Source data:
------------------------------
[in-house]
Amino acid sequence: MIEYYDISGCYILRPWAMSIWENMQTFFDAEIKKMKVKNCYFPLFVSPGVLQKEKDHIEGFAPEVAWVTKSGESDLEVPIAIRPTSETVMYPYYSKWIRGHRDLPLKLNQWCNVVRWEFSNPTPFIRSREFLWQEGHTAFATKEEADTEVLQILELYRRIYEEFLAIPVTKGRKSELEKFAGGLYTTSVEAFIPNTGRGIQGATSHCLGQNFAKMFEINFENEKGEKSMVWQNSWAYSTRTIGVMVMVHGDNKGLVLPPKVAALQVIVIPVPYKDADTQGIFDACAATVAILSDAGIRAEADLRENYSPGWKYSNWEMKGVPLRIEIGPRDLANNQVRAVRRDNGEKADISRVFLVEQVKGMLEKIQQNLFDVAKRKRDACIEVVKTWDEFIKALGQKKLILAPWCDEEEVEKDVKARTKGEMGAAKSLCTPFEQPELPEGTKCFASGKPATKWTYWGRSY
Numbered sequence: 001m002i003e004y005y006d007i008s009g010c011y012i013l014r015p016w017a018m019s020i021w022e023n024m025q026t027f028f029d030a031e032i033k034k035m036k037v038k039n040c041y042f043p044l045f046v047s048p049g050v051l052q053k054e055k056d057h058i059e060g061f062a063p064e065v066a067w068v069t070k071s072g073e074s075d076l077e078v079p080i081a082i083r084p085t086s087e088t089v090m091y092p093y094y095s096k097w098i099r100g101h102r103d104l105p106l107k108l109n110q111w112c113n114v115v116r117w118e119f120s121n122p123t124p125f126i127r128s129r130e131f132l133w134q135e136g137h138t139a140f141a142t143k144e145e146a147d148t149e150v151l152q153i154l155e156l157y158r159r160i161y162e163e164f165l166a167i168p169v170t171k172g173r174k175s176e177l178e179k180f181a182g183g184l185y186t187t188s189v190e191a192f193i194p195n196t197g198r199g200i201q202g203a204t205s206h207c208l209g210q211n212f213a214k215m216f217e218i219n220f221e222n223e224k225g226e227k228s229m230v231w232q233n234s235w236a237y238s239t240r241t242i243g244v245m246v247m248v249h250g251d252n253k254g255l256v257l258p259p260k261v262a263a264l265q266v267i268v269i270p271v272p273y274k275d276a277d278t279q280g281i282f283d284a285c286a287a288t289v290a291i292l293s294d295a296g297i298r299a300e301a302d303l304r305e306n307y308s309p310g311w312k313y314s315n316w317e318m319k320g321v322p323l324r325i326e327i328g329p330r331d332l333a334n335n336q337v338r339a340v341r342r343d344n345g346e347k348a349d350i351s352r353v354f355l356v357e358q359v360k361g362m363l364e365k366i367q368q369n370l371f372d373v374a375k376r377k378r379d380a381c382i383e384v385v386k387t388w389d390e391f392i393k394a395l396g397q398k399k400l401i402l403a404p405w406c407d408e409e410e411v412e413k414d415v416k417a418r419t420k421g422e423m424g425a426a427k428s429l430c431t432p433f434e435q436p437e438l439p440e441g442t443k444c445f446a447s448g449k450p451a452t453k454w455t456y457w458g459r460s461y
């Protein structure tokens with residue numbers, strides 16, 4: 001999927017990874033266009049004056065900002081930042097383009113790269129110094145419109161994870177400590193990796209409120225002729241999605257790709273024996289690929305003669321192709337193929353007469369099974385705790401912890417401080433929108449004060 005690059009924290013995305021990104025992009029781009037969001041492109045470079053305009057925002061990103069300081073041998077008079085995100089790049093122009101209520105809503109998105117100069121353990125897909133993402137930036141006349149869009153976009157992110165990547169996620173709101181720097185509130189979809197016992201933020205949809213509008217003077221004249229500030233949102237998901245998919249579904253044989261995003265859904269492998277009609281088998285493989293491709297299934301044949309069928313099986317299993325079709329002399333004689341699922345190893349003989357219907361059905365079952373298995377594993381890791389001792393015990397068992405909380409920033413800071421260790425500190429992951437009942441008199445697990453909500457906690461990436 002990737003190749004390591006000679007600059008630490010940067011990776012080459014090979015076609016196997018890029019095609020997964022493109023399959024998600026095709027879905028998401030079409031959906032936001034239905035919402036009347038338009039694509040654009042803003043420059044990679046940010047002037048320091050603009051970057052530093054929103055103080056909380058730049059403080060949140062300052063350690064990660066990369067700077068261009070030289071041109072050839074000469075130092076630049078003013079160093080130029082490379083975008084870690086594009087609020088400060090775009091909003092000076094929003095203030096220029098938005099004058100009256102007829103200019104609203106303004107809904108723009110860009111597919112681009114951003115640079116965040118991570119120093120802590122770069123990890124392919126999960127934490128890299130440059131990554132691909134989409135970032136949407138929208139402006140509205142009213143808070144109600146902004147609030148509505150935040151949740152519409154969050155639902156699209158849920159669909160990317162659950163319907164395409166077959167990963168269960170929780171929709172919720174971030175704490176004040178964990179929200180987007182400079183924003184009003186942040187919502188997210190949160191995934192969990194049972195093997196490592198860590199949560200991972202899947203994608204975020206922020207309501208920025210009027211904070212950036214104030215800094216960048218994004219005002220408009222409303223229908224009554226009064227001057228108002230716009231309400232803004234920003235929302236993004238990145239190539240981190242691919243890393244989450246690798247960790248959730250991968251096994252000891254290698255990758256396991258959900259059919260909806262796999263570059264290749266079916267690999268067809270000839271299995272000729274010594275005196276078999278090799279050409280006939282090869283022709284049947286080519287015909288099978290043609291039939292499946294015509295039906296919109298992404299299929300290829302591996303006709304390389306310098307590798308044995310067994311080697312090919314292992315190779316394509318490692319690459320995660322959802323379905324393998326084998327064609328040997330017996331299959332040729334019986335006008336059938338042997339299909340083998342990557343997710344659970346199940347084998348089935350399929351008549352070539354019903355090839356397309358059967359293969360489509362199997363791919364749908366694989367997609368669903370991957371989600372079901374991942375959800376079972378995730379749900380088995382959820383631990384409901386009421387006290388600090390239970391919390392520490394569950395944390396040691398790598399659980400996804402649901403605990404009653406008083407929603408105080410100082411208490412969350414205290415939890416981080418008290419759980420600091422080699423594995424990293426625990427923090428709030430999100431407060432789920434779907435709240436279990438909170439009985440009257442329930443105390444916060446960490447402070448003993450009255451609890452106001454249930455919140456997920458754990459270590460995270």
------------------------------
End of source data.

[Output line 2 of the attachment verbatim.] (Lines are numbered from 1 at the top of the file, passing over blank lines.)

Amino acid sequence: MIEYYDISGCYILRPWAMSIWENMQTFFDAEIKKMKVKNCYFPLFVSPGVLQKEKDHIEGFAPEVAWVTKSGESDLEVPIAIRPTSETVMYPYYSKWIRGHRDLPLKLNQWCNVVRWEFSNPTPFIRSREFLWQEGHTAFATKEEADTEVLQILELYRRIYEEFLAIPVTKGRKSELEKFAGGLYTTSVEAFIPNTGRGIQGATSHCLGQNFAKMFEINFENEKGEKSMVWQNSWAYSTRTIGVMVMVHGDNKGLVLPPKVAALQVIVIPVPYKDADTQGIFDACAATVAILSDAGIRAEADLRENYSPGWKYSNWEMKGVPLRIEIGPRDLANNQVRAVRRDNGEKADISRVFLVEQVKGMLEKIQQNLFDVAKRKRDACIEVVKTWDEFIKALGQKKLILAPWCDEEEVEKDVKARTKGEMGAAKSLCTPFEQPELPEGTKCFASGKPATKWTYWGRSY